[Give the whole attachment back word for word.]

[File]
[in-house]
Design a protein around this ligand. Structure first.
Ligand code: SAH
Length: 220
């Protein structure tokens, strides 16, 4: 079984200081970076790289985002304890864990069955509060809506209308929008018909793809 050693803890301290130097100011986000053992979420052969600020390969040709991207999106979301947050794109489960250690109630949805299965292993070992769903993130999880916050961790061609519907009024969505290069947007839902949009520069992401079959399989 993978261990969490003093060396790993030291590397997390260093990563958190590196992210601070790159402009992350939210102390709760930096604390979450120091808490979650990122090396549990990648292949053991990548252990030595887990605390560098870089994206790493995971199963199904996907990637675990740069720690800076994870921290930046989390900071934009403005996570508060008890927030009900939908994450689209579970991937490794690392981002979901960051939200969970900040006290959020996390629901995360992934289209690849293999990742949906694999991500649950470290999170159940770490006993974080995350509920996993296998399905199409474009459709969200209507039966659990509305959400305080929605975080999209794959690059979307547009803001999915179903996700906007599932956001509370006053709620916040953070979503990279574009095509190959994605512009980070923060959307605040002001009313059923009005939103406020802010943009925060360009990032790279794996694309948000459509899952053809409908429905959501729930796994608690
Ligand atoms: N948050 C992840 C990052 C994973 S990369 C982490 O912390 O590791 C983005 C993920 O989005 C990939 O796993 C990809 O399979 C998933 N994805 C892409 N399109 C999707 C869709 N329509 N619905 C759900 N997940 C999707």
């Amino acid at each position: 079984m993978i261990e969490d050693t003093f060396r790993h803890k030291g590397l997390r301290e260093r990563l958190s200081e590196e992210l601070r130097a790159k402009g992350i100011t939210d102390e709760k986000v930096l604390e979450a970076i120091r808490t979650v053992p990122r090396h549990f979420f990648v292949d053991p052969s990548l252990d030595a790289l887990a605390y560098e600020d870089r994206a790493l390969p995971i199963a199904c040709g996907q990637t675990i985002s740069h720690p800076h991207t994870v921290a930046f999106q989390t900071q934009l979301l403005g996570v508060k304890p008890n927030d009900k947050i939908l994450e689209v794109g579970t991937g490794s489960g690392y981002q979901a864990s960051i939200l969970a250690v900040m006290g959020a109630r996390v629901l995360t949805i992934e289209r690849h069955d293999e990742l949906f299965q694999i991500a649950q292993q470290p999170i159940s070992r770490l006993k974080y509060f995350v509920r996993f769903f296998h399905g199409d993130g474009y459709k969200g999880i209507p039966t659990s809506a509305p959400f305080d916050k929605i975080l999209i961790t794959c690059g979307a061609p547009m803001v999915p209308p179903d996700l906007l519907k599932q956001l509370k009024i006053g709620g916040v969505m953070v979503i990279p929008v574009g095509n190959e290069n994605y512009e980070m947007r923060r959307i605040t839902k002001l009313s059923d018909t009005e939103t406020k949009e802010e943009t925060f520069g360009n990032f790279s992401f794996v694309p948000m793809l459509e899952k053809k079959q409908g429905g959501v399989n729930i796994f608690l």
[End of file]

[in-house]
Design a protein around this ligand. Structure first.
Ligand code: SAH
Length: 220
């Protein structure tokens, strides 16, 4: 079984200081970076790289985002304890864990069955509060809506209308929008018909793809 050693803890301290130097100011986000053992979420052969600020390969040709991207999106979301947050794109489960250690109630949805299965292993070992769903993130999880916050961790061609519907009024969505290069947007839902949009520069992401079959399989 993978261990969490003093060396790993030291590397997390260093990563958190590196992210601070790159402009992350939210102390709760930096604390979450120091808490979650990122090396549990990648292949053991990548252990030595887990605390560098870089994206790493995971199963199904996907990637675990740069720690800076994870921290930046989390900071934009403005996570508060008890927030009900939908994450689209579970991937490794690392981002979901960051939200969970900040006290959020996390629901995360992934289209690849293999990742949906694999991500649950470290999170159940770490006993974080995350509920996993296998399905199409474009459709969200209507039966659990509305959400305080929605975080999209794959690059979307547009803001999915179903996700906007599932956001509370006053709620916040953070979503990279574009095509190959994605512009980070923060959307605040002001009313059923009005939103406020802010943009925060360009990032790279794996694309948000459509899952053809409908429905959501729930796994608690
Ligand atoms: N948050 C992840 C990052 C994973 S990369 C982490 O912390 O590791 C983005 C993920 O989005 C990939 O796993 C990809 O399979 C998933 N994805 C892409 N399109 C999707 C869709 N329509 N619905 C759900 N997940 C999707």
């Amino acid at each position: 079984m993978i261990e969490d050693t003093f060396r790993h803890k030291g590397l997390r301290e260093r990563l958190s200081e590196e992210l601070r130097a790159k402009g992350i100011t939210d102390e709760k986000v930096l604390e979450a970076i120091r808490t979650v053992p990122r090396h549990f979420f990648v292949d053991p052969s990548l252990d030595a790289l887990a605390y560098e600020d870089r994206a790493l390969p995971i199963a199904c040709g996907q990637t675990i985002s740069h720690p800076h991207t994870v921290a930046f999106q989390t900071q934009l979301l403005g996570v508060k304890p008890n927030d009900k947050i939908l994450e689209v794109g579970t991937g490794s489960g690392y981002q979901a864990s960051i939200l969970a250690v900040m006290g959020a109630r996390v629901l995360t949805i992934e289209r690849h069955d293999e990742l949906f299965q694999i991500a649950q292993q470290p999170i159940s070992r770490l006993k974080y509060f995350v509920r996993f769903f296998h399905g199409d993130g474009y459709k969200g999880i209507p039966t659990s809506a509305p959400f305080d916050k929605i975080l999209i961790t794959c690059g979307a061609p547009m803001v999915p209308p179903d996700l906007l519907k599932q956001l509370k009024i006053g709620g916040v969505m953070v979503i990279p929008v574009g095509n190959e290069n994605y512009e980070m947007r923060r959307i605040t839902k002001l009313s059923d018909t009005e939103t406020k949009e802010e943009t925060f520069g360009n990032f790279s992401f794996v694309p948000m793809l459509e899952k053809k079959q409908g429905g959501v399989n729930i796994f608690l």